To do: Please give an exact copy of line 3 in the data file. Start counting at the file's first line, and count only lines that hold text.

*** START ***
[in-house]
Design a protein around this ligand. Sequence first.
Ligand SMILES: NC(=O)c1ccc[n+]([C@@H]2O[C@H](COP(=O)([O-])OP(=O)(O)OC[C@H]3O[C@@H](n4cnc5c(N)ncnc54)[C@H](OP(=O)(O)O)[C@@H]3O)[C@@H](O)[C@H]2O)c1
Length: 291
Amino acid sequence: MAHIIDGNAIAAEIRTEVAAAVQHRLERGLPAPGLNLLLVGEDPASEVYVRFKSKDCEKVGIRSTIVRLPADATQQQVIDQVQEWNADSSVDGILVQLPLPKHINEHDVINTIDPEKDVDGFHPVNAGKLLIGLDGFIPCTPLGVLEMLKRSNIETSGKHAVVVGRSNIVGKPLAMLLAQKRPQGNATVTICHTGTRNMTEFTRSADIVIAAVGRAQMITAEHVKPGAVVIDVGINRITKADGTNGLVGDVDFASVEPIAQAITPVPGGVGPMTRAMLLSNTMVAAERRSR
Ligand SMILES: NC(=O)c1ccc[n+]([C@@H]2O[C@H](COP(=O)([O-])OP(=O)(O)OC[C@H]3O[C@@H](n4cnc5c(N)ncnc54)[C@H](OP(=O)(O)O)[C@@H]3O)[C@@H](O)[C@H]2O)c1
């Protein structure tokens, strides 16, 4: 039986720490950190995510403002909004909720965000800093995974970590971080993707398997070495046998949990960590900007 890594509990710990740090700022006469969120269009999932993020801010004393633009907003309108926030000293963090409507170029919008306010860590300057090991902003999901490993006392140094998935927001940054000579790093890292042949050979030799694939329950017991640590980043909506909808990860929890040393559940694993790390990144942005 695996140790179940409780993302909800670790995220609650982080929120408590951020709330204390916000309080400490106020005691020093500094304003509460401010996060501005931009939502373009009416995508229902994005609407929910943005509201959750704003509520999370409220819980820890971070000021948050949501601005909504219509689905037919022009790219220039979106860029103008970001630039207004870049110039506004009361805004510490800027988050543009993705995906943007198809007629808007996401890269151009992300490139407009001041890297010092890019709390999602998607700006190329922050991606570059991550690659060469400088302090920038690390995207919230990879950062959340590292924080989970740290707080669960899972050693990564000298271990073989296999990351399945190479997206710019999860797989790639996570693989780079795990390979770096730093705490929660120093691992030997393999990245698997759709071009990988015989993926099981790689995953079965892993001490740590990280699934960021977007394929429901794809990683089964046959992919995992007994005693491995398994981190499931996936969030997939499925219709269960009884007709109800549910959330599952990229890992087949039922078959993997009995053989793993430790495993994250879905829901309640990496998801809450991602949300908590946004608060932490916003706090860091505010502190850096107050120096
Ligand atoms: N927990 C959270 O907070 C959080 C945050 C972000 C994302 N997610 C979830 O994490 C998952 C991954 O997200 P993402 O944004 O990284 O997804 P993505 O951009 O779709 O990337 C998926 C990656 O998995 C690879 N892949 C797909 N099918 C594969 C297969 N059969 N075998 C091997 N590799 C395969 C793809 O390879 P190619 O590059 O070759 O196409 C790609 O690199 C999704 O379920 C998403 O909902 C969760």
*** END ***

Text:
Ligand SMILES: NC(=O)c1ccc[n+]([C@@H]2O[C@H](COP(=O)([O-])OP(=O)(O)OC[C@H]3O[C@@H](n4cnc5c(N)ncnc54)[C@H](OP(=O)(O)O)[C@@H]3O)[C@@H](O)[C@H]2O)c1